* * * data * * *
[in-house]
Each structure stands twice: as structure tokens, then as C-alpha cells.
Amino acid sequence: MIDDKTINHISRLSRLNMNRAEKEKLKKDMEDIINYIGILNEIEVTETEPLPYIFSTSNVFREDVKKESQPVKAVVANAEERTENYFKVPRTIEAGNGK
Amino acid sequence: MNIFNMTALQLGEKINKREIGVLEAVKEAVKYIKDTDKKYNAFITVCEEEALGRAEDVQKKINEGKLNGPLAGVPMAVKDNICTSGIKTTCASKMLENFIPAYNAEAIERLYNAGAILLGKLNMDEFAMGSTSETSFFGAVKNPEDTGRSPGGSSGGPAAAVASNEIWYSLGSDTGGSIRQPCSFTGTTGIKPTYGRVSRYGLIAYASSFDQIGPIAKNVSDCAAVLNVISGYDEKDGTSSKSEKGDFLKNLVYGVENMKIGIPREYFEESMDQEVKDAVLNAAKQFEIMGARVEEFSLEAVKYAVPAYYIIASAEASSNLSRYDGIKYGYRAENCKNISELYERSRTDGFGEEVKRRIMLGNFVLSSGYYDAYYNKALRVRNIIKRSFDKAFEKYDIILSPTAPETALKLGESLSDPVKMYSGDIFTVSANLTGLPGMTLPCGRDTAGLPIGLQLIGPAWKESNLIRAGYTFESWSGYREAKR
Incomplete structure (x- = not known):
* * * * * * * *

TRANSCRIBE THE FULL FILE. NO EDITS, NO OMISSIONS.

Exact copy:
[in-house]
Each structure stands twice: as structure tokens, then as C-alpha cells.
Amino acid sequence: MIDDKTINHISRLSRLNMNRAEKEKLKKDMEDIINYIGILNEIEVTETEPLPYIFSTSNVFREDVKKESQPVKAVVANAEERTENYFKVPRTIEAGNGK
Amino acid sequence: MNIFNMTALQLGEKINKREIGVLEAVKEAVKYIKDTDKKYNAFITVCEEEALGRAEDVQKKINEGKLNGPLAGVPMAVKDNICTSGIKTTCASKMLENFIPAYNAEAIERLYNAGAILLGKLNMDEFAMGSTSETSFFGAVKNPEDTGRSPGGSSGGPAAAVASNEIWYSLGSDTGGSIRQPCSFTGTTGIKPTYGRVSRYGLIAYASSFDQIGPIAKNVSDCAAVLNVISGYDEKDGTSSKSEKGDFLKNLVYGVENMKIGIPREYFEESMDQEVKDAVLNAAKQFEIMGARVEEFSLEAVKYAVPAYYIIASAEASSNLSRYDGIKYGYRAENCKNISELYERSRTDGFGEEVKRRIMLGNFVLSSGYYDAYYNKALRVRNIIKRSFDKAFEKYDIILSPTAPETALKLGESLSDPVKMYSGDIFTVSANLTGLPGMTLPCGRDTAGLPIGLQLIGPAWKESNLIRAGYTFESWSGYREAKR
Incomplete structure (x- = not known):